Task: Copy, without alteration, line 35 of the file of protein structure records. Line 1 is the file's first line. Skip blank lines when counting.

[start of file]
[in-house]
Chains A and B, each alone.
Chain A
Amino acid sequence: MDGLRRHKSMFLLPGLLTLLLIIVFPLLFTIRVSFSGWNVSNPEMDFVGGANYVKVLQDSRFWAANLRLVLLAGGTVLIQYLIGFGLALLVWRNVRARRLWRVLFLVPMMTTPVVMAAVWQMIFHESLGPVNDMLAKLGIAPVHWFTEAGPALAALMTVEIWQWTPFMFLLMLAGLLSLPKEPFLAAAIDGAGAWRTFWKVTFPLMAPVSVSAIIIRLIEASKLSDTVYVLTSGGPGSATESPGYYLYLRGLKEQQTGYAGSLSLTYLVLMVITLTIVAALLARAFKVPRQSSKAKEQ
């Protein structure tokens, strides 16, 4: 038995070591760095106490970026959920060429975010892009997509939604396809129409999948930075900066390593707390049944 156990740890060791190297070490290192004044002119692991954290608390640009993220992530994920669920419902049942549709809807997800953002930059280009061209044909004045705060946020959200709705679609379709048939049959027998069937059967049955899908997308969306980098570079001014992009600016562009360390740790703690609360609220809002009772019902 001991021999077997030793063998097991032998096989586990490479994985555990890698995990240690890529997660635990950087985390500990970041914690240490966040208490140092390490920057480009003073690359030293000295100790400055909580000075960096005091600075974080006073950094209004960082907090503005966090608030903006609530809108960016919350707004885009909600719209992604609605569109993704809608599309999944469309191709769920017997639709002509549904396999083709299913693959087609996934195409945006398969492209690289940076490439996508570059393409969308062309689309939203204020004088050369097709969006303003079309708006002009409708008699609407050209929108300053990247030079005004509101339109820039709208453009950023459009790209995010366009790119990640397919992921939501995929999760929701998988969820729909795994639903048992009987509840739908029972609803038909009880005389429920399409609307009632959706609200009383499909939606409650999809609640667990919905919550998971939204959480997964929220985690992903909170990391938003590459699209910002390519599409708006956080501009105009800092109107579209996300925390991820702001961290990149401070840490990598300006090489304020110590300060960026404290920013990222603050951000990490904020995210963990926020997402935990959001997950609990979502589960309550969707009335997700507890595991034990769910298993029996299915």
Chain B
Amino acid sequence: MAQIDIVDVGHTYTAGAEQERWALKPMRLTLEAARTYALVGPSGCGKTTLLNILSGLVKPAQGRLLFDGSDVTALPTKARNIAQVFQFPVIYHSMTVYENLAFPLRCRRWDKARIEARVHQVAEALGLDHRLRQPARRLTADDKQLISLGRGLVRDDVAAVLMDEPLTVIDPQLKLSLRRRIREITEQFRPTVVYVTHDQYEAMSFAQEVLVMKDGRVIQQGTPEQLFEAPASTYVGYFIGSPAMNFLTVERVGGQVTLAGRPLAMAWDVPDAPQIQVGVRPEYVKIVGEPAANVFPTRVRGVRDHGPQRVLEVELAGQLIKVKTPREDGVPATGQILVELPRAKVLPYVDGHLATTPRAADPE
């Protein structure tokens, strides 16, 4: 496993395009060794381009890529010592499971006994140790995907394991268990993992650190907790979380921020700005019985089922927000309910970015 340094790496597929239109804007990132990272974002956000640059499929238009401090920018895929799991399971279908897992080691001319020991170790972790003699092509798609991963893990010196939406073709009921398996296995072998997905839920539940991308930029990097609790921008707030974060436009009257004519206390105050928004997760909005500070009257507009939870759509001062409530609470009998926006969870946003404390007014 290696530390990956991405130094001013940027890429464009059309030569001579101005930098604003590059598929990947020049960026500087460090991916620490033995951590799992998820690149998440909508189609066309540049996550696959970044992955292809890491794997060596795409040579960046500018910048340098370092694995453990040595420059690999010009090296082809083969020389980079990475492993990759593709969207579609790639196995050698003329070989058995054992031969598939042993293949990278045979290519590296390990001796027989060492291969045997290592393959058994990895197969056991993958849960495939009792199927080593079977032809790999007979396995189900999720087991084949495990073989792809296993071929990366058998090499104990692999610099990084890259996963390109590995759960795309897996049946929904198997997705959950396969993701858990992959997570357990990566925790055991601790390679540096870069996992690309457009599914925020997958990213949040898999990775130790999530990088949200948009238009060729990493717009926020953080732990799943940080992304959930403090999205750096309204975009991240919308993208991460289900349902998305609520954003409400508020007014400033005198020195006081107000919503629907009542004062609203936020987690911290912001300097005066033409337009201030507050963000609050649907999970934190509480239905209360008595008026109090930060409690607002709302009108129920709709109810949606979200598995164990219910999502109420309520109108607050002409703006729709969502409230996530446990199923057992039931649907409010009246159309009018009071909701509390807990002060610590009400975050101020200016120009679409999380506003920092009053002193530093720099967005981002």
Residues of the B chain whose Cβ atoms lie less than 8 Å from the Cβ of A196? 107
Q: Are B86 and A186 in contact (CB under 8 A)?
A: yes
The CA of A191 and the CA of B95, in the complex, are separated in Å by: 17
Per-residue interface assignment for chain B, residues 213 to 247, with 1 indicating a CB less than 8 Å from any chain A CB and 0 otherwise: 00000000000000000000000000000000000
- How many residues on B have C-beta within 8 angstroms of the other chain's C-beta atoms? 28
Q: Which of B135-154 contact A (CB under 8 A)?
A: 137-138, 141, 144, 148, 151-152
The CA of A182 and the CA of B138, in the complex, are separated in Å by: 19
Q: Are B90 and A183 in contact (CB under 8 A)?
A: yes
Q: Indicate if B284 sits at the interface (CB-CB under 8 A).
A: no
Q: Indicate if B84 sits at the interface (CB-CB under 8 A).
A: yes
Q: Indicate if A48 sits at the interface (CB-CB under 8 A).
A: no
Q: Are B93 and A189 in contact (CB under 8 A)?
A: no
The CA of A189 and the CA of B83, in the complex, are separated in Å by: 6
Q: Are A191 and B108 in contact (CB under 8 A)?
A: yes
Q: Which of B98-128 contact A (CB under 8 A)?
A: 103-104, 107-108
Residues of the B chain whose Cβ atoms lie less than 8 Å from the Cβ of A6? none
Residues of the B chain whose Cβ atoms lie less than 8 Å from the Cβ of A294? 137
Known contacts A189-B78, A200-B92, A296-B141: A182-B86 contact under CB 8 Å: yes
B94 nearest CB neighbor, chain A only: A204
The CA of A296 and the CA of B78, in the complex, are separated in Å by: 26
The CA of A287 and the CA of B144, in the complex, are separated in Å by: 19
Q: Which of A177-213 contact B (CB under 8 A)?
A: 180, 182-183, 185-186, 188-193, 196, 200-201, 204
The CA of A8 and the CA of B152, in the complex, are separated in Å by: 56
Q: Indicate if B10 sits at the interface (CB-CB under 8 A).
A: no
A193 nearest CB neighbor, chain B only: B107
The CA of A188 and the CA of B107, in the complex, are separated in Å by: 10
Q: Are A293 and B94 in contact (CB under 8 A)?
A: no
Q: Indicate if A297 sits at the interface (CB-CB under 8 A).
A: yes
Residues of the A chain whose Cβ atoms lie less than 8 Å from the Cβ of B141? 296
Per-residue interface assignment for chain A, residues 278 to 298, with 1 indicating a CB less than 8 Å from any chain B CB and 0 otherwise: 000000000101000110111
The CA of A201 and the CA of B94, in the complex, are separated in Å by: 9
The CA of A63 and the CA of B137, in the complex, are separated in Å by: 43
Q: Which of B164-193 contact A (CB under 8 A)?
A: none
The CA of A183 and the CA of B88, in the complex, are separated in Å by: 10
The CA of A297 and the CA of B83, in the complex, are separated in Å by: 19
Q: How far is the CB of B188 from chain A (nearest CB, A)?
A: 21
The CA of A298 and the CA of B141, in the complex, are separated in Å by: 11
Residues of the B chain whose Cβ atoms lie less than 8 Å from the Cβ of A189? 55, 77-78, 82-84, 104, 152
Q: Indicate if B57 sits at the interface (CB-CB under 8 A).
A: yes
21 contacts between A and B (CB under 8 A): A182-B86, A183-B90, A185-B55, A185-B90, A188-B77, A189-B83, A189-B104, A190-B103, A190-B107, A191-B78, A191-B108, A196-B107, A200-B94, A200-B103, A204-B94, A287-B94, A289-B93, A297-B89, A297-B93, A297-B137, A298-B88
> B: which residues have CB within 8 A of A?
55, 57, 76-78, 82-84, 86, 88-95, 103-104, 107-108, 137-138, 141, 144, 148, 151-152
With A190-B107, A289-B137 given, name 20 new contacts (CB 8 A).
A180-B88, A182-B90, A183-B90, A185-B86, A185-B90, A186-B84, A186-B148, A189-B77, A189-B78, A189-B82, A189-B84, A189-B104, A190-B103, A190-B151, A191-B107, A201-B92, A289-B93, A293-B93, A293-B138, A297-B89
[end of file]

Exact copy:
Known contacts A189-B78, A200-B92, A296-B141: A182-B86 contact under CB 8 Å: yes